You'd have been forgiven for expressing surprise when at a 2004 Club Congress gig by Calexico, lead singer Joey Burns invited Marianne Dissard on stage to duet with him on Serge Gainsbourg's "Bonnie and Clyde." She'd never sung before an audience in her life.
"I was really kind of drunk," Dissard says now. "I remember it was outdoors at Congress, but I can't remember much else about it."
She says she had no idea at the time that the performance would lay the groundwork for a burgeoning career as a sultry jazz-pop chanteuse with a debut album of brooding torch songs due out sometime this year.
Up until then, although she had made a brief appearance on Calexico's tune "The Ballad of Cable Hogue," from its 2000 album Hot Rail, the French-born Dissard was known primarily as a documentary filmmaker.
Among Dissard's film credits are the acclaimed Drunken Bees, which focused on iconoclastic Tucson band Giant Sand (a group that used to include Calexico's Burns and John Convertino); Low y Cool, a production for French TV about the Chicano lowrider bicycle culture in Tucson; Post No Bills, a profile of Los Angeles poster artist Robbie Conal, which was eventually shown on PBS; and Celtic Traveler, which examines the Dublin music scene.
She also was instrumental in spearheading the Tucson Suffragettes movement to encourage voter registration during the 2004 presidential election.
Born 37 years ago in Tarbes, a small town in southwestern France, Dissard moved with her family to the United States when she was 16 so her father could take a job in Mesa.
As a child, Dissard never even considered singing. She was fully infatuated, though, with creating art from words.
"I never really even thought I could sing. What I was always in love with, from very early on, was the written word. My first memory was of writing, when I was about 6 years old. And I remember being moved to tears by a sentence I read, sitting at my grandmother's farm."
When her family moved back to France, Dissard stayed to study film in college in Los Angeles. On a trip back to Paris in 1995, she met musician Naïm Amor, who would later become her husband and move to Tucson to play with various groups (including Calexico), as well as make albums under his own name as a bandleader.
Long an author of poetry, Dissard said she began writing lyrics to Amor, as a way of communication when he was in France and she was back in Tucson.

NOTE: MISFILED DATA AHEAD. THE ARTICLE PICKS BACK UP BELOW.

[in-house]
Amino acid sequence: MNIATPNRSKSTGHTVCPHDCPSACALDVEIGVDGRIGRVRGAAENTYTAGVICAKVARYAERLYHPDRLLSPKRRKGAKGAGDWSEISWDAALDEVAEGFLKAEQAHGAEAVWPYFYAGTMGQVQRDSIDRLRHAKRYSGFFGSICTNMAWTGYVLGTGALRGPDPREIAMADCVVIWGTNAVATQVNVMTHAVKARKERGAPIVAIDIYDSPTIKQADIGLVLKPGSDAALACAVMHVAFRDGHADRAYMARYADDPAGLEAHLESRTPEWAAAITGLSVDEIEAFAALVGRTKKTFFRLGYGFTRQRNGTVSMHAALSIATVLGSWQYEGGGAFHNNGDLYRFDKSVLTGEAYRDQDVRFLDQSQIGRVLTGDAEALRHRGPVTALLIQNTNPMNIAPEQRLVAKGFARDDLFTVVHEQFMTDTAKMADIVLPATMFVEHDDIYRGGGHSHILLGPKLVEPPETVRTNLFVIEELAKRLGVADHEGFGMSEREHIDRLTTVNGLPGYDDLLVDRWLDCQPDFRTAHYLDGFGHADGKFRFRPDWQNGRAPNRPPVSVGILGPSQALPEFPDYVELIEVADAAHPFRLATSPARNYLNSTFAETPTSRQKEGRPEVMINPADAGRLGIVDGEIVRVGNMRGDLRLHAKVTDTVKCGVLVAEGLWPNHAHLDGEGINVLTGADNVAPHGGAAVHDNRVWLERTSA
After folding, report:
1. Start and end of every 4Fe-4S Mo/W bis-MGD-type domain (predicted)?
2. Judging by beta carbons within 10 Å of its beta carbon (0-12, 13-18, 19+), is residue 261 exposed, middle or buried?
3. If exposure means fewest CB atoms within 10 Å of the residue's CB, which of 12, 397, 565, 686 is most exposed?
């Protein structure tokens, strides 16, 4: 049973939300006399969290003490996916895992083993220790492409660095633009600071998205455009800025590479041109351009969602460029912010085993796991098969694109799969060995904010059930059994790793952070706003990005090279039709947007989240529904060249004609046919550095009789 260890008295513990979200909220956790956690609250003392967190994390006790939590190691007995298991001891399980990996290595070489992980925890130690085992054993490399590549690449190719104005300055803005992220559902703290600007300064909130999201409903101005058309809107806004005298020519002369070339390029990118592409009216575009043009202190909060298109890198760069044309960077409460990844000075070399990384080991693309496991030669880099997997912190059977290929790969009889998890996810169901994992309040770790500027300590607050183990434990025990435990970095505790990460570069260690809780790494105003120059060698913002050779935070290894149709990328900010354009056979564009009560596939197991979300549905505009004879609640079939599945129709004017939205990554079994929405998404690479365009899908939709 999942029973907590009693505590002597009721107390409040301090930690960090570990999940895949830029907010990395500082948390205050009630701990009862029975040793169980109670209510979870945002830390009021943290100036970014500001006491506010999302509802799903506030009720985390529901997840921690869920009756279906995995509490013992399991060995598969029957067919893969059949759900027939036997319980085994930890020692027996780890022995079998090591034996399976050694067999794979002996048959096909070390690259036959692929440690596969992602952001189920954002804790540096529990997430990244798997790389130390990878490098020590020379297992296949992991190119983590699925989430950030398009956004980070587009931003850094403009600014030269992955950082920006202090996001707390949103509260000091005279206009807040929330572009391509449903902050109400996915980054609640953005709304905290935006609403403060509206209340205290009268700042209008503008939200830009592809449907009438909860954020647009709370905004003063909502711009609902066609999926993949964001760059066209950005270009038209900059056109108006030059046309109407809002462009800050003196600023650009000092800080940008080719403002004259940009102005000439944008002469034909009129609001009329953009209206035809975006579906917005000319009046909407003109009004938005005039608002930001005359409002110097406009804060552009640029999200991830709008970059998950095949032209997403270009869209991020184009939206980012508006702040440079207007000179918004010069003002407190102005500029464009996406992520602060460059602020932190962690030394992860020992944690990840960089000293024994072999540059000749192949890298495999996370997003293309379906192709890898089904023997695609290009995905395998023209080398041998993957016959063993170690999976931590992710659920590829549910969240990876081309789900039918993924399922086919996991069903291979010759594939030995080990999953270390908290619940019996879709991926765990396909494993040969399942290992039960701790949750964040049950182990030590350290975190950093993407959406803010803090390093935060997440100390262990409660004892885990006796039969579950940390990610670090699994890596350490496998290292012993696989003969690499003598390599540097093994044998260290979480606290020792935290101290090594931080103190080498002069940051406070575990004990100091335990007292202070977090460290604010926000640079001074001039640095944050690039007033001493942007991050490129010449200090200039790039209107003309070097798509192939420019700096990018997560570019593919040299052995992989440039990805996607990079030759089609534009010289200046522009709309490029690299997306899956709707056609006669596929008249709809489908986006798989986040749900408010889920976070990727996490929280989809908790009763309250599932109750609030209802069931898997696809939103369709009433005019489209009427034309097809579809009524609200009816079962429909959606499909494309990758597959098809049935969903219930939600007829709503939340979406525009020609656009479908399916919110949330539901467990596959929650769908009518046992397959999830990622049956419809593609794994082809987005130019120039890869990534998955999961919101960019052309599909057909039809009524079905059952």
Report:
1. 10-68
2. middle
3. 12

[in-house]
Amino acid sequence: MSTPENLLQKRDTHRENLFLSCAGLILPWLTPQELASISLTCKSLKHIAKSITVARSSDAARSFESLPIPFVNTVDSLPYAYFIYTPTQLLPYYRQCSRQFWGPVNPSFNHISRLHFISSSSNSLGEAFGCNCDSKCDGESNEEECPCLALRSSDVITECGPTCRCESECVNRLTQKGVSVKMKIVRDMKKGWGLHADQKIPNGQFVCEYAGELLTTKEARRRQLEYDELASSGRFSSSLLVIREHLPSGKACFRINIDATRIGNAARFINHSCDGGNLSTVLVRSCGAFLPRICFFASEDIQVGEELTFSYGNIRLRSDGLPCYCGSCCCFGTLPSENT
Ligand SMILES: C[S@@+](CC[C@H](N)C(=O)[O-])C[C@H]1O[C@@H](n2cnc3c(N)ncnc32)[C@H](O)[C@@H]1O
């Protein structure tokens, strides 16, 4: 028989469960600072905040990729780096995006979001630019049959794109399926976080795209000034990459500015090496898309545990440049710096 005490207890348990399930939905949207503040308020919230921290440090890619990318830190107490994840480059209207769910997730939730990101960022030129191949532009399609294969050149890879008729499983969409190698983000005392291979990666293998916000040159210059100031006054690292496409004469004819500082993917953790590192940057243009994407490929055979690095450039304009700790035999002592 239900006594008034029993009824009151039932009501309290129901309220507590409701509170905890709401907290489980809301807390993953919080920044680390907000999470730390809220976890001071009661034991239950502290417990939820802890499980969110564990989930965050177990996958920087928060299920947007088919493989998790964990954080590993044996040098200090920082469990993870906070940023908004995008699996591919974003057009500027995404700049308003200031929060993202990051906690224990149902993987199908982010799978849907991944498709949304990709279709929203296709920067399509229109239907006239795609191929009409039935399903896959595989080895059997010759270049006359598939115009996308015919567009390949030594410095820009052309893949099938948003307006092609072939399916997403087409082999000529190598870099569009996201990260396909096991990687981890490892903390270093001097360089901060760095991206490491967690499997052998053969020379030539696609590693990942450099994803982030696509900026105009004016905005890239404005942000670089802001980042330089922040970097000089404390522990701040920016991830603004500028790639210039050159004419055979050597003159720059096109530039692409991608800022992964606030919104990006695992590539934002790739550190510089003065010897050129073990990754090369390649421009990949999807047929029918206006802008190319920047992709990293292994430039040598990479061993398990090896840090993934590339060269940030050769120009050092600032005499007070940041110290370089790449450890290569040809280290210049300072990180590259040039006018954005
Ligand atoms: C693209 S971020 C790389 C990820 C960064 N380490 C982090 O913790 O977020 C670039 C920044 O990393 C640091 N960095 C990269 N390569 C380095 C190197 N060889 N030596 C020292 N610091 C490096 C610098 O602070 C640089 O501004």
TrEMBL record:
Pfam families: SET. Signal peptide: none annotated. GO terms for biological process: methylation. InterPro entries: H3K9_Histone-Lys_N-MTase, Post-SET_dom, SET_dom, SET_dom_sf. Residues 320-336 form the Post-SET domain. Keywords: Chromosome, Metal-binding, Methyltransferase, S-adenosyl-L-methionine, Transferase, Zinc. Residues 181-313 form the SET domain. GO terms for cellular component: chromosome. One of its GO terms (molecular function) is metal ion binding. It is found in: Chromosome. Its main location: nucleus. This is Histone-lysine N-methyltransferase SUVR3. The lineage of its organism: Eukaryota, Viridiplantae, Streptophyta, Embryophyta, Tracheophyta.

When he came to Tucson to visit, he'd put those lyrics to songs and perform them, which itself was a leap, Dissard says. "Now, he was a singer, when before, he only played the guitar."
Then, in 1999, Burns asked Dissard to sing with him on "The Ballad of Cable Hogue." She hesitates now to refer to her performance as singing.
"The thing that that was surprising to me about that experience was that it wasn't even an issue of me being a singer, but having a voice. To have a voice, I think it is a lot about texture and intensity and accent and phrasing, more so than virtuosity, which I don't have."
She's being modest, of course. Dissard's vocals are beautiful: sultry, dark and earthy, not too far from the styles of such singers as Nina Simone, Brigitte Bardot, Edith Piaf and Josephine Baker, as well as in the cinematic tradition of Gainsbourg and Jacques Brel.
For her forthcoming album--tentatively titled L'entre-Deux (The In-Between)--Dissard wrote the brooding lyrics for 11 songs about "love and other little lies" almost on a dare from Burns.
Apparently, Burns had been teasing Dissard to record more after the performance of "Bonnie and Clyde," but she had been consumed with the Tucson Suffragettes. Once the 2004 election had come and gone, he offered again.
"I became really serious that time. It was like: 'OK, buddy ... .' I immediately started writing the lyrics that were to be the basis of the songs. It took me just a few weeks, then I dropped them off at Joey's."
Shortly thereafter, the two sat down at the kitchen table and recorded the tunes with a basic cassette player--just voice and guitar. Later, they fleshed out the recordings a bit, with Amor sitting in. Burns wrote most of the music, with Amor contributing three songs.
Although recording--with more elaborate arrangements and more musicians--has proceeded in spurts at WaveLab Studio, Dissard heeded the advice of the album's mixing engineer, John Parish, that the bare-bones demos by themselves would make a cool album.
L'entre-Deux is expected to be released this year.
In the meantime, though, Dissard has made the acoustic demos available in a creative fashion. At her personal Web site, and her MySpace site, you can buy a 7-inch vinyl single with four of the songs, and receive a code to download the whole album.
By the time all is said and done, there'll be two versions of the album available for fans.
The acoustic version now available "is basically a blueprint for when we went into WaveLab," Dissard says. "We would fill out the basic tracks with drums and guitars and accordion and violins and glockenspiel and whatever else."
Expanding those songs has been a challenge as well.
"That's also been kind of struggle, too, since we weren't sure at first how far we should take it from the original demos. It's been very tricky to hope to capture that charm that a demo has."
These days, Dissard doesn't do much moviemaking. She plays three or four times a week, whether in Tucson, locations nearby or on tour. Her next gig is on Wednesday, Jan. 31, at Plush. There's no cover, by the way.
She'll also perform at the same venue a few days later--on Friday, Feb. 2--as part of the celebration for the latest Locals Only CD from community radio station KXCI FM 91.3. (Full disclosure: I serve as a board member for KXCI.) That show will start at 8:15 p.m. and feature an all-star lineup of Tucson talent.
Dissard's contribution is a version of "Sans-Façon" (to be included on L'entre-Deux), recorded live at the KXCI studios.